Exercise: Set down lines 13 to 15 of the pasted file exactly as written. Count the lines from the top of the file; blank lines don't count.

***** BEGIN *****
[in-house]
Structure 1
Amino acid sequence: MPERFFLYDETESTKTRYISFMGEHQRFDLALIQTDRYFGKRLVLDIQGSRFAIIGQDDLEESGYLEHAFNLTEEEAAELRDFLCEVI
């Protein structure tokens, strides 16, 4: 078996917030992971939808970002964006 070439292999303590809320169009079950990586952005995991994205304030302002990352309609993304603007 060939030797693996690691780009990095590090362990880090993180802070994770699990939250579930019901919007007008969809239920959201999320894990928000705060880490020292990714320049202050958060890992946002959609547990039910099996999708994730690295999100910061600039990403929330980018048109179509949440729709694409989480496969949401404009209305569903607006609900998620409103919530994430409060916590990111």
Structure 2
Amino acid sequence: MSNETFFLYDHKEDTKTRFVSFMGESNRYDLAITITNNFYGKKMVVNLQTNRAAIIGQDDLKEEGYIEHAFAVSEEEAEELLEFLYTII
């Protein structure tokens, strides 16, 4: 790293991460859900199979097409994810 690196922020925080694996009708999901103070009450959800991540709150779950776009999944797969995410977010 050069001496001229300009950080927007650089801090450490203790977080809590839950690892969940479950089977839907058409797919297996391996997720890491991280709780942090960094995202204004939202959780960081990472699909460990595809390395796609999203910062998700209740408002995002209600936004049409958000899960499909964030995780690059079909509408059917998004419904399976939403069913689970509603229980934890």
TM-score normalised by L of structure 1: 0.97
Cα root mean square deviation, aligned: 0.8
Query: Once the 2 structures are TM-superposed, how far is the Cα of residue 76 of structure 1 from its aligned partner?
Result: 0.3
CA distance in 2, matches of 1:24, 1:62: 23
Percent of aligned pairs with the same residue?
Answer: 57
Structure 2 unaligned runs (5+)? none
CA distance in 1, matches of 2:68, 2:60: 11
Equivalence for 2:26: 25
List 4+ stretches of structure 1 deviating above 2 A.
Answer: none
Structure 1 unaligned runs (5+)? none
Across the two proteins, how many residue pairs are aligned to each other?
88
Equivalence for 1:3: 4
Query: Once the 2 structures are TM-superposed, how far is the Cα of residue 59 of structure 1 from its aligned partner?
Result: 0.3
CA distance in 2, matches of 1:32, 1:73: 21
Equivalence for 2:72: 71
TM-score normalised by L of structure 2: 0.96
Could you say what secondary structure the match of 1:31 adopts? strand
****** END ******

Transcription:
Percent of aligned pairs with the same residue?
Answer: 57
Structure 2 unaligned runs (5+)? none